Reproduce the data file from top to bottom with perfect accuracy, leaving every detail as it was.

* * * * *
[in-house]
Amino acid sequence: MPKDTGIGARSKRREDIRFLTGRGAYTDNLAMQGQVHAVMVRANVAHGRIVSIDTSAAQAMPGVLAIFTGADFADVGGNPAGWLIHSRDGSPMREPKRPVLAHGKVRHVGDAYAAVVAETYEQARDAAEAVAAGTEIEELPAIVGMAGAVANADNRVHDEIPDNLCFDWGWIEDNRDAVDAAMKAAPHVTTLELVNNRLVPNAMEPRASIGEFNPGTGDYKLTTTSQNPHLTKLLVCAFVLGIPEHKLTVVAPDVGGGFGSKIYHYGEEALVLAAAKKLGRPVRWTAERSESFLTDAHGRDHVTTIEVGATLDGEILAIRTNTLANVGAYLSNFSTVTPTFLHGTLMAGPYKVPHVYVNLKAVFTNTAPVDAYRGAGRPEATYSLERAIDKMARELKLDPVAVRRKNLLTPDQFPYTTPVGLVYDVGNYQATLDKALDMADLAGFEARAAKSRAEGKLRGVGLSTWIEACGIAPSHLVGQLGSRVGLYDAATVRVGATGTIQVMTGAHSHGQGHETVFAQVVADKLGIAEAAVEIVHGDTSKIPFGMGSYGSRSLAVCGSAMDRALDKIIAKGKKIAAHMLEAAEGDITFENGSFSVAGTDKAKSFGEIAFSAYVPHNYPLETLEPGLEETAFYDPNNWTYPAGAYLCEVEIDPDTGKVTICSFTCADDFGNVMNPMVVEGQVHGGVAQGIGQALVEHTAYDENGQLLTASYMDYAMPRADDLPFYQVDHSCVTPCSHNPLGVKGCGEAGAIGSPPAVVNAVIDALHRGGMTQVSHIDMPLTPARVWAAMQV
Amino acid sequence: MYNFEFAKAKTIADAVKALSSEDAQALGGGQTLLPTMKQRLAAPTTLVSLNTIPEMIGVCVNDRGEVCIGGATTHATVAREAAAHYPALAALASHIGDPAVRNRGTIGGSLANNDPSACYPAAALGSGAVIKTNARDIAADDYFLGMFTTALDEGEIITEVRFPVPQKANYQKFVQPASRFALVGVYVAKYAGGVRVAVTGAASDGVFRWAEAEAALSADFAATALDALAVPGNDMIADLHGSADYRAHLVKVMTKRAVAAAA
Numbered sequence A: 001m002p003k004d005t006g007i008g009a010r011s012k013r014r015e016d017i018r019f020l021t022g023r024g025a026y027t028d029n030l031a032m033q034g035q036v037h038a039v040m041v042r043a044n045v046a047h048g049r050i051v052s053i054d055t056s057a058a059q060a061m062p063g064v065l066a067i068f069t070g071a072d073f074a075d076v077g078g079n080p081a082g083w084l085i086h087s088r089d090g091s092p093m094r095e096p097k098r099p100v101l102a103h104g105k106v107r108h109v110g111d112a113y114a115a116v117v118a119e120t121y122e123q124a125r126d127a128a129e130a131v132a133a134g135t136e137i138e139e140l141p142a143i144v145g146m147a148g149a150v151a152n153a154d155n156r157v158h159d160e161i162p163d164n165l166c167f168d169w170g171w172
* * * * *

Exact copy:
[in-house]
Amino acid sequence: MPKDTGIGARSKRREDIRFLTGRGAYTDNLAMQGQVHAVMVRANVAHGRIVSIDTSAAQAMPGVLAIFTGADFADVGGNPAGWLIHSRDGSPMREPKRPVLAHGKVRHVGDAYAAVVAETYEQARDAAEAVAAGTEIEELPAIVGMAGAVANADNRVHDEIPDNLCFDWGWIEDNRDAVDAAMKAAPHVTTLELVNNRLVPNAMEPRASIGEFNPGTGDYKLTTTSQNPHLTKLLVCAFVLGIPEHKLTVVAPDVGGGFGSKIYHYGEEALVLAAAKKLGRPVRWTAERSESFLTDAHGRDHVTTIEVGATLDGEILAIRTNTLANVGAYLSNFSTVTPTFLHGTLMAGPYKVPHVYVNLKAVFTNTAPVDAYRGAGRPEATYSLERAIDKMARELKLDPVAVRRKNLLTPDQFPYTTPVGLVYDVGNYQATLDKALDMADLAGFEARAAKSRAEGKLRGVGLSTWIEACGIAPSHLVGQLGSRVGLYDAATVRVGATGTIQVMTGAHSHGQGHETVFAQVVADKLGIAEAAVEIVHGDTSKIPFGMGSYGSRSLAVCGSAMDRALDKIIAKGKKIAAHMLEAAEGDITFENGSFSVAGTDKAKSFGEIAFSAYVPHNYPLETLEPGLEETAFYDPNNWTYPAGAYLCEVEIDPDTGKVTICSFTCADDFGNVMNPMVVEGQVHGGVAQGIGQALVEHTAYDENGQLLTASYMDYAMPRADDLPFYQVDHSCVTPCSHNPLGVKGCGEAGAIGSPPAVVNAVIDALHRGGMTQVSHIDMPLTPARVWAAMQV
Amino acid sequence: MYNFEFAKAKTIADAVKALSSEDAQALGGGQTLLPTMKQRLAAPTTLVSLNTIPEMIGVCVNDRGEVCIGGATTHATVAREAAAHYPALAALASHIGDPAVRNRGTIGGSLANNDPSACYPAAALGSGAVIKTNARDIAADDYFLGMFTTALDEGEIITEVRFPVPQKANYQKFVQPASRFALVGVYVAKYAGGVRVAVTGAASDGVFRWAEAEAALSADFAATALDALAVPGNDMIADLHGSADYRAHLVKVMTKRAVAAAA
Numbered sequence A: 001m002p003k004d005t006g007i008g009a010r011s012k013r014r015e016d017i018r019f020l021t022g023r024g025a026y027t028d029n030l031a032m033q034g035q036v037h038a039v040m041v042r043a044n045v046a047h048g049r050i051v052s053i054d055t056s057a058a059q060a061m062p063g064v065l066a067i068f069t070g071a072d073f074a075d076v077g078g079n080p081a082g083w084l085i086h087s088r089d090g091s092p093m094r095e096p097k098r099p100v101l102a103h104g105k106v107r108h109v110g111d112a113y114a115a116v117v118a119e120t121y122e123q124a125r126d127a128a129e130a131v132a133a134g135t136e137i138e139e140l141p142a143i144v145g146m147a148g149a150v151a152n153a154d155n156r157v158h159d160e161i162p163d164n165l166c167f168d169w170g171w172